What was a stuffed saiga antelope doing in Kenya? The little toy saiga traveled the whole way from Uzbekistan with mother-daughter team Elena Bykova and Olga Espiova of Saiga Conservation Alliance to serve as an ambassador from a faraway land. They were all Kenya to visit Grevy’s Zebra Trust, Ewaso Lions, and Save the Elephants as part of the WCN cross-partner visit program. The trip benefitted all organizations involved as the conservationists were able to exchange ideas about conservation and community involvement, share best-practice techniques, and create new ideas.
Commonalities can often be found among WCN’s partners, even when they are located continents away from each other. SCA and GZT in particular found many similar themes: both the saiga and the Grevy’s zebra face similar threats from hunting, and have faced a common downward trajectory from population numbers in the 1980s. Throughout Olga and Elena’s visit, they talked with all three Kenyan organizations about how to work with women and children to achieve conservation goals.
Elena and Olga shared their experiences of success with local women in Uzbekistan. They have strongly supported embroidery production, allowing women to start their own business. In turn, GZT shared their newest project, producing reusable sanitary pads, and discussed projects that had worked well for them. GZT was also particularly impressed with how the SCA worked with local children to provide a multi-media educational experience. Following SCA’s example, Grevy’s Zebra Trust plans to create a network of schools and teachers that will distribute material about the zebras and about the work the Trust does. A cartoon created by SCA to show to schoolchildren inspired GZT to move forward on painting educational murals at schools to show a healthy eco-system and inspire a passion for conservation through art.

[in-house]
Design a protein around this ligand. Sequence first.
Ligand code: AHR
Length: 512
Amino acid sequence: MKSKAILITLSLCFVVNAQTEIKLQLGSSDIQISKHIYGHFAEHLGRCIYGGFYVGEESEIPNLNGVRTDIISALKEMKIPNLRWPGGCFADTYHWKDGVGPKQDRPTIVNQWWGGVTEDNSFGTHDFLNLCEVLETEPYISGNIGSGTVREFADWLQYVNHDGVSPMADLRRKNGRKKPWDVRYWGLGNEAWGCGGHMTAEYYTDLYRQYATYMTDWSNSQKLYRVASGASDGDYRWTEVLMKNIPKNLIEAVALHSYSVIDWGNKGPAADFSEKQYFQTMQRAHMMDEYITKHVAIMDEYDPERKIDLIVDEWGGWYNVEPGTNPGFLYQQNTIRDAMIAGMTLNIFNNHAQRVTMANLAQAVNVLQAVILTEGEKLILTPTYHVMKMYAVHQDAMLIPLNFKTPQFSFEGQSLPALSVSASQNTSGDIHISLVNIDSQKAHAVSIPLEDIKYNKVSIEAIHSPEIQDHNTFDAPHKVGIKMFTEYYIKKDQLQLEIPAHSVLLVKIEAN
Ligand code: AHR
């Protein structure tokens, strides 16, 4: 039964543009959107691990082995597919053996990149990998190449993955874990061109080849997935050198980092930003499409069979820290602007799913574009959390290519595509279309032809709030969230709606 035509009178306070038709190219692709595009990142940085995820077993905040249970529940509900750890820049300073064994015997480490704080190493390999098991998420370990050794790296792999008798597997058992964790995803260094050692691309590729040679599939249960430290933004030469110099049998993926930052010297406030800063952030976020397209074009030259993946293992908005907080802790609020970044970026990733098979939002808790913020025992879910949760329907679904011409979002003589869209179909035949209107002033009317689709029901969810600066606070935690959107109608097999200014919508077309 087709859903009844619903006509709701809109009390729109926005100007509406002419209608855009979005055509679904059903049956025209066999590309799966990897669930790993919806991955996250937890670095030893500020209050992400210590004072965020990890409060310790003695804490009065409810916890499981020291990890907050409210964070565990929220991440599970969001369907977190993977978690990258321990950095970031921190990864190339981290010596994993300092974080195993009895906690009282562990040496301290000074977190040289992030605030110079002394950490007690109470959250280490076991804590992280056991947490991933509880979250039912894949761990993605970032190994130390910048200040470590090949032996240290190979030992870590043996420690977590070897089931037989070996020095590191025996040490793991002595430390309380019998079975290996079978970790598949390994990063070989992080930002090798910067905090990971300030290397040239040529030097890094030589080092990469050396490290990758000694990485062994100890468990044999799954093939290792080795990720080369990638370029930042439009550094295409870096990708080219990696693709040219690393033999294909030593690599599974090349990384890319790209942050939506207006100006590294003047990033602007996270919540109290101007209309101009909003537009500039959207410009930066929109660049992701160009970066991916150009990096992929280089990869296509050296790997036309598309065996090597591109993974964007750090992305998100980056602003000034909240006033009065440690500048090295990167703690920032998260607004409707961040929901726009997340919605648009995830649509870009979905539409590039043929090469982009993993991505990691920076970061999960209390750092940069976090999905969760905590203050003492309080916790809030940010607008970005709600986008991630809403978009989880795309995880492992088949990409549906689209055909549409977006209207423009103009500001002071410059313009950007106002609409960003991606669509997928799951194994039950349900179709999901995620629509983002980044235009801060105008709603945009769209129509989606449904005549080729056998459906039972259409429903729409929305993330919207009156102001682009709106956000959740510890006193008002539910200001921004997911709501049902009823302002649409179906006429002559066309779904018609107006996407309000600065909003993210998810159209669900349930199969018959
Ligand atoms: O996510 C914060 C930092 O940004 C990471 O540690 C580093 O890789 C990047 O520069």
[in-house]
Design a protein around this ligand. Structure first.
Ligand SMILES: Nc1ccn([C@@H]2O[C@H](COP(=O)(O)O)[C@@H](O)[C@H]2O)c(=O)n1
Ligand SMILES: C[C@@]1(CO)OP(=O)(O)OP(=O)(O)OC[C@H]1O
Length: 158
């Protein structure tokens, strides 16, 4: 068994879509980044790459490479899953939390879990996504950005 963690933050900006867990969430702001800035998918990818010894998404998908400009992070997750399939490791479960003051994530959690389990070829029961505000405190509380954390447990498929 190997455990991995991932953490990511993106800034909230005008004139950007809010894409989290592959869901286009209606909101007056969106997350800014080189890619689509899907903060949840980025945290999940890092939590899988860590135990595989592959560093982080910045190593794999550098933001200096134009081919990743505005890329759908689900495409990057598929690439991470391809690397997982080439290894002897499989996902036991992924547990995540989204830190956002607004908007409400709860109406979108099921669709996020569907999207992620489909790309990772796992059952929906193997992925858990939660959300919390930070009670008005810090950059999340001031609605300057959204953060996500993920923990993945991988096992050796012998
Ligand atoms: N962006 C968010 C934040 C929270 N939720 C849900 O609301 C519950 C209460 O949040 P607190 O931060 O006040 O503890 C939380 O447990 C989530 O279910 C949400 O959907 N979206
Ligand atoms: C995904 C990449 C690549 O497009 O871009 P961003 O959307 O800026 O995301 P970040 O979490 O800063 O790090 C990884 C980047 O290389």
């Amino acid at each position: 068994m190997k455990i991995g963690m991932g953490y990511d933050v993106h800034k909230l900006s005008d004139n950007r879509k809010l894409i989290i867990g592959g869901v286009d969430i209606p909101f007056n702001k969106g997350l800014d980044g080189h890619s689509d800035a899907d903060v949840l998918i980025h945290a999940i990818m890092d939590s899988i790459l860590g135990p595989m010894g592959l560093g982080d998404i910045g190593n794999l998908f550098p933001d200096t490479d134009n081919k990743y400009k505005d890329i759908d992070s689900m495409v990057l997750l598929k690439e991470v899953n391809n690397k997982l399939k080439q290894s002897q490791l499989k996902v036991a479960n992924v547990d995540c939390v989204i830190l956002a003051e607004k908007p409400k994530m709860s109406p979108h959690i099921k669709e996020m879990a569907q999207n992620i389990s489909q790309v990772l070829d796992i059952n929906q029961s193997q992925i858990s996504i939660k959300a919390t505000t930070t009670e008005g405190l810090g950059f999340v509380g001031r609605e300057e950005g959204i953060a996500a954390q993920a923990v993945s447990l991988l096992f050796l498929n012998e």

SCA was also able to talk about their embroidery program with Ewaso Lions’ Mama Simba group for women. The two groups discussed the importance of education for women and the role that people in their community can play. Like the embroidery sold by women with SCA’s help, the Mama Simba women make their own beadwork animals to generate extra income and provide some extra incentive to the growing tourism business.
With the guidance of Ewaso Lions, Olga and Elena learnt more about conservation programs directed for children, either via camps or scholarship education. There they were able to learn important structural techniques for setting up their own camp, which they managed to set up and conduct within an impressive one-week timeframe after returning to Uzbekistan.
Finally, SCA worked with the Save the Elephants education team and were able to be included in a lesson about living with elephants based on a manual for children written by STE. They also discussed various other child-oriented programs by STE, including art competitions and providing general support for schools. SCA was able to show a saiga cartoon they had created to a group of sixth grade students. Following the trip, SCA may adapt some of STE’s educational manual to their own program to implement in local schools.
This cross partner visit was successful for all groups involved. Everyone was able to walk away with concrete results and a greater understanding of how they could benefit the women and children of the communities where they worked to reach their conservation goals.
-Written by Elizabeth Rogers